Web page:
January 11, 2011
As The Independent revealed last month, senior bankers met Treasury ministers nine times in the weeks after the publication of Sir John Vickers’ report on structural reform of the sector last September. David Cameron’s personal business adviser, Tim Luke, is an alumnus of Lehman Brothers and Barclays Capital.
When the banks want the ear of a minister, they don’t need to hire anyone – they only need to pick up the phone. And yet six different firms were hired by RBS in 2010. It all looks like another case of a taxpayer-owned bank wasting public money.
But there’s a logic to the banking sector’s obsessive cultivation of its political connections. The banking lobby is part of a machine that has traditionally functioned by turning large profits into political influence which, in turn, is transformed into legislation and regulations that help to keep profits high.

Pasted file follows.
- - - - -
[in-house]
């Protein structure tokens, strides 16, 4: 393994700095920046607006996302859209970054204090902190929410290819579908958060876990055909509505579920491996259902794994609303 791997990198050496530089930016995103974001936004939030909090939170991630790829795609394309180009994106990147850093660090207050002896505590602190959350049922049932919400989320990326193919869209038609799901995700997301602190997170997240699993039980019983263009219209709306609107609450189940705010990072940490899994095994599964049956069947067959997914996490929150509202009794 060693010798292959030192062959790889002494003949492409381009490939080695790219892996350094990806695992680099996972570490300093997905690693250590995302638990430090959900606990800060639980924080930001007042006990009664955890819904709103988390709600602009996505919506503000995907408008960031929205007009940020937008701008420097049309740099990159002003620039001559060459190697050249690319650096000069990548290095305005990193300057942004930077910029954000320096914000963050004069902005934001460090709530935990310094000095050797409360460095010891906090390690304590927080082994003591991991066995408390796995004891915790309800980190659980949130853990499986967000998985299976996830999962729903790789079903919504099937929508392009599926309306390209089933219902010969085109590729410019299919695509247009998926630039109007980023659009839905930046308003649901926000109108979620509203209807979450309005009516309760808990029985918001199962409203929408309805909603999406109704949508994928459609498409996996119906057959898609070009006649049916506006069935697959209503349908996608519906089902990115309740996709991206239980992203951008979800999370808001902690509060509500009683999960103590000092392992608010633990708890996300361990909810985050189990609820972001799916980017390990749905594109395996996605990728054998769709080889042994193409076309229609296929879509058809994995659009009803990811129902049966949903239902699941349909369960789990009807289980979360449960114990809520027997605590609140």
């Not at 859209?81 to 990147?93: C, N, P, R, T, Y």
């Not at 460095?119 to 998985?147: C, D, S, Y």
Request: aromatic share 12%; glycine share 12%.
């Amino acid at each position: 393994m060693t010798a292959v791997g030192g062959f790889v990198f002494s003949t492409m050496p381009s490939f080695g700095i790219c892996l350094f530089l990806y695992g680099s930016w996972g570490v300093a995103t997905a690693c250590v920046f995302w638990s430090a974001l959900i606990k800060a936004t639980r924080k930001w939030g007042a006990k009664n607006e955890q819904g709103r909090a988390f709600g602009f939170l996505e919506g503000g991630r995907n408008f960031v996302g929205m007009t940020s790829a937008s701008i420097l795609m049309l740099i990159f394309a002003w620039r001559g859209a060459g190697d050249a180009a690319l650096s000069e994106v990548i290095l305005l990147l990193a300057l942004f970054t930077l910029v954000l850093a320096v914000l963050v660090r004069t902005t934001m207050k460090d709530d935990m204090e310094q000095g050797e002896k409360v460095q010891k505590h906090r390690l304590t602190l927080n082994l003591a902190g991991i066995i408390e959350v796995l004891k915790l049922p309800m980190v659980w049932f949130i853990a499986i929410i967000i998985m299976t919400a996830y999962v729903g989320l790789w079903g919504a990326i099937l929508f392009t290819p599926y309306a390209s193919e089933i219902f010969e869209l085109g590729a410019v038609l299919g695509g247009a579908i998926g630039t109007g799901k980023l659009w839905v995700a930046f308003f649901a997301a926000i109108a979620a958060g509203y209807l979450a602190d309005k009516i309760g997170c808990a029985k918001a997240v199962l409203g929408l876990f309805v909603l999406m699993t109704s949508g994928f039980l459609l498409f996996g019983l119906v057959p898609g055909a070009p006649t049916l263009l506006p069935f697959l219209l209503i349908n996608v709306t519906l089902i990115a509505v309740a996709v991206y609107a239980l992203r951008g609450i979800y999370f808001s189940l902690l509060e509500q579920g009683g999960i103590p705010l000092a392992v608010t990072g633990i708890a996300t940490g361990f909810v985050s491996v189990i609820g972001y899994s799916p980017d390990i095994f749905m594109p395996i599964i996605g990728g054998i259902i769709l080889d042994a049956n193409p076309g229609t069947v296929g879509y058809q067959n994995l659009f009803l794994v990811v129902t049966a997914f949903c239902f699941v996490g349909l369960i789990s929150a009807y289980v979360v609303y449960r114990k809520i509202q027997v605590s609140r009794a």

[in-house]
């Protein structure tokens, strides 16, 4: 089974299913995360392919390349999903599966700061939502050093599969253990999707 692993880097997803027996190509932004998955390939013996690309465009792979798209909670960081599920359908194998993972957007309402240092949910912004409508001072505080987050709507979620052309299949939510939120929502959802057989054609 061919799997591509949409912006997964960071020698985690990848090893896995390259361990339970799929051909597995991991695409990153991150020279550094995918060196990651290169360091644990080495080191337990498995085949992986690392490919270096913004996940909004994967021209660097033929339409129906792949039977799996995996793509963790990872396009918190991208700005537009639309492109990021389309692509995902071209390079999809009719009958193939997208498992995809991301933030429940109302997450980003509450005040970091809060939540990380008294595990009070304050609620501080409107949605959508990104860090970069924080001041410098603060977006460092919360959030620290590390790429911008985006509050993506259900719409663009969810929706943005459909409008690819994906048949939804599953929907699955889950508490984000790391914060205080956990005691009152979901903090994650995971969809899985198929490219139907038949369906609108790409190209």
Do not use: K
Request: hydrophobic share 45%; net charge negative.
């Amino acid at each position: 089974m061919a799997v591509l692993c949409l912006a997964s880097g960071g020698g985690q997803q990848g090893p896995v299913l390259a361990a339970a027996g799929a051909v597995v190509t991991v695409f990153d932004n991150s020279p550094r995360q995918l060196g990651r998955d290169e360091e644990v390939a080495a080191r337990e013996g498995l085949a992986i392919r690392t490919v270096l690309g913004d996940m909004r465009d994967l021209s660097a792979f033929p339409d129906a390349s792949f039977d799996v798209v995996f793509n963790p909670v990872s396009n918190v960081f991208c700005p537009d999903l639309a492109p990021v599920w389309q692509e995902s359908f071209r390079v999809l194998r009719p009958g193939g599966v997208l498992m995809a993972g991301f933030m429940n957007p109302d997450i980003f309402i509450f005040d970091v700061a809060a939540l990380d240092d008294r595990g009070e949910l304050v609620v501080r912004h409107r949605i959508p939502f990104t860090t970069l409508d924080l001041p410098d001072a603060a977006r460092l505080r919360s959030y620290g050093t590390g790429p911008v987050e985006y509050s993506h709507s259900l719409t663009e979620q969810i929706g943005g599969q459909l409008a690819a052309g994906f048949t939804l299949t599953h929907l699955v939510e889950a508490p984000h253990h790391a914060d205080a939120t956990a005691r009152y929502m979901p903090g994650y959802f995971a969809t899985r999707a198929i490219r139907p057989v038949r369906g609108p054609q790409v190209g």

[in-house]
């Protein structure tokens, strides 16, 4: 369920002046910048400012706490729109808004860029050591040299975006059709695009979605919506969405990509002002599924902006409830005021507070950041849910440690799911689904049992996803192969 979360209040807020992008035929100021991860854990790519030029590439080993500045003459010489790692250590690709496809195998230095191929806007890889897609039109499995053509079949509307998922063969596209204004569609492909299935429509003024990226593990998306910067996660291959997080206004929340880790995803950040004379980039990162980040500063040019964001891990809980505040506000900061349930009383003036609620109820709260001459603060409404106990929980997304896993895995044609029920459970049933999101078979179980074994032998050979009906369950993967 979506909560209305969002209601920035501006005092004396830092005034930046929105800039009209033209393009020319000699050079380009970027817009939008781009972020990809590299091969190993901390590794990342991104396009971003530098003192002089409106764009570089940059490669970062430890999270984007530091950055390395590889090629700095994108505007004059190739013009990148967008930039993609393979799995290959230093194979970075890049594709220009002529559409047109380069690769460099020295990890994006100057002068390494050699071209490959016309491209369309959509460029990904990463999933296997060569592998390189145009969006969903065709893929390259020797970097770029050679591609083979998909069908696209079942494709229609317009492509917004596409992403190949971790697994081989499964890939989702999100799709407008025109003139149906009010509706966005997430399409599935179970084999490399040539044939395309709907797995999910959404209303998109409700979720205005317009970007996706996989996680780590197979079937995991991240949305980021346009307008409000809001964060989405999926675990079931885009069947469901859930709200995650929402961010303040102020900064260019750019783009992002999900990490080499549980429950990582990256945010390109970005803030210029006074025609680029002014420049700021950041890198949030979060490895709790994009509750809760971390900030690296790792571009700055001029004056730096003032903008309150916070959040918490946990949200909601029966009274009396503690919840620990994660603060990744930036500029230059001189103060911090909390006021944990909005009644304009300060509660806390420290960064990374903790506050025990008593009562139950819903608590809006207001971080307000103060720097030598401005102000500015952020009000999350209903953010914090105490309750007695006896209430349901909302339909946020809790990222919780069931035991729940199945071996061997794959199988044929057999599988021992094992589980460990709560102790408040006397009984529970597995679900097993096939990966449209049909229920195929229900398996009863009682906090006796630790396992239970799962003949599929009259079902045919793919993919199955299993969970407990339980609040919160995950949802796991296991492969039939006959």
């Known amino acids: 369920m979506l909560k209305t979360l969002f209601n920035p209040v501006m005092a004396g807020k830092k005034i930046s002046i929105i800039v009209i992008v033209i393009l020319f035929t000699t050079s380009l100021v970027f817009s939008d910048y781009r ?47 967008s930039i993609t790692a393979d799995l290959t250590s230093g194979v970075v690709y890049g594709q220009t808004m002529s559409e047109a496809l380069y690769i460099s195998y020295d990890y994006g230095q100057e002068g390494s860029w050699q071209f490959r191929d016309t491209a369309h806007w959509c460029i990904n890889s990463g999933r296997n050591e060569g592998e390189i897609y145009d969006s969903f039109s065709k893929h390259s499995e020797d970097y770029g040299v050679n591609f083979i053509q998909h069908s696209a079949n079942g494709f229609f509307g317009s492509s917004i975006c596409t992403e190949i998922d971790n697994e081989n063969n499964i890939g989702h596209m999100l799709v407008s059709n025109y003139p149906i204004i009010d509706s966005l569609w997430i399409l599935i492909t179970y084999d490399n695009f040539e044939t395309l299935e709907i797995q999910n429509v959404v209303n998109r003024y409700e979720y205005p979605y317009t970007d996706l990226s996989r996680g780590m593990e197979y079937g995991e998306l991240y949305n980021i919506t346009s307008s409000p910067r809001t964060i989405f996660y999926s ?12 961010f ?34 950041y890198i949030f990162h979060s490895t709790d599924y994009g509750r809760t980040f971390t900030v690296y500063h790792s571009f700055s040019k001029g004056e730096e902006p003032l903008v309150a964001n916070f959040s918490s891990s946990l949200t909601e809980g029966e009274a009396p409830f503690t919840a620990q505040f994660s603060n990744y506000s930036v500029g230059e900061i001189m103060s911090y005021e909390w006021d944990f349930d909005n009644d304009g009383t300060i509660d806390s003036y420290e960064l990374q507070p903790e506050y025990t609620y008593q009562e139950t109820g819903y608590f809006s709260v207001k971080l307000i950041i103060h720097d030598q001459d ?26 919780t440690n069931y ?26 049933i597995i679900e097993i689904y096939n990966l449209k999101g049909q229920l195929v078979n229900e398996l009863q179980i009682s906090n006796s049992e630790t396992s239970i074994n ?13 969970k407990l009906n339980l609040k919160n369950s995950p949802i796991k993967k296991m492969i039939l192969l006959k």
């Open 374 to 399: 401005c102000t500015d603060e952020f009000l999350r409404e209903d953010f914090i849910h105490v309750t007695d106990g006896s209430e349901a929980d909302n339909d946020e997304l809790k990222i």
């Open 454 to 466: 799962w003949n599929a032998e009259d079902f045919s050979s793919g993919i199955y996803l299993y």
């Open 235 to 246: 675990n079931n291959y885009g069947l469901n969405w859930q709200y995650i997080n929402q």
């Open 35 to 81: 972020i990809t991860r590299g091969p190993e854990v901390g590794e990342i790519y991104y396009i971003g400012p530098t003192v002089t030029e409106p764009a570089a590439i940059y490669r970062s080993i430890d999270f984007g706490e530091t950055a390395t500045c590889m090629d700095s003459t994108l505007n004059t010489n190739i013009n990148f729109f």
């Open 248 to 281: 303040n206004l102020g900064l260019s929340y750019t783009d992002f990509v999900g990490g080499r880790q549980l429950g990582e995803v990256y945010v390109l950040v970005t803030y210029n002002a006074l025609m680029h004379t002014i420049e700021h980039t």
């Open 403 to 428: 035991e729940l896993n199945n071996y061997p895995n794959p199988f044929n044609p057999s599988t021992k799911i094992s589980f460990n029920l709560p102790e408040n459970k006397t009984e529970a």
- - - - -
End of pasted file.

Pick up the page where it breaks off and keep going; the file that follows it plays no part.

Last month, one of Britain’s top regulators, the chairman of the Financial Services Authority, Lord Turner, described in an interview with Prospect magazine how US financial lobbyists deliberately exerted their influence over members of Congress to starve American regulators of the funds they need to perform their oversight of the system.
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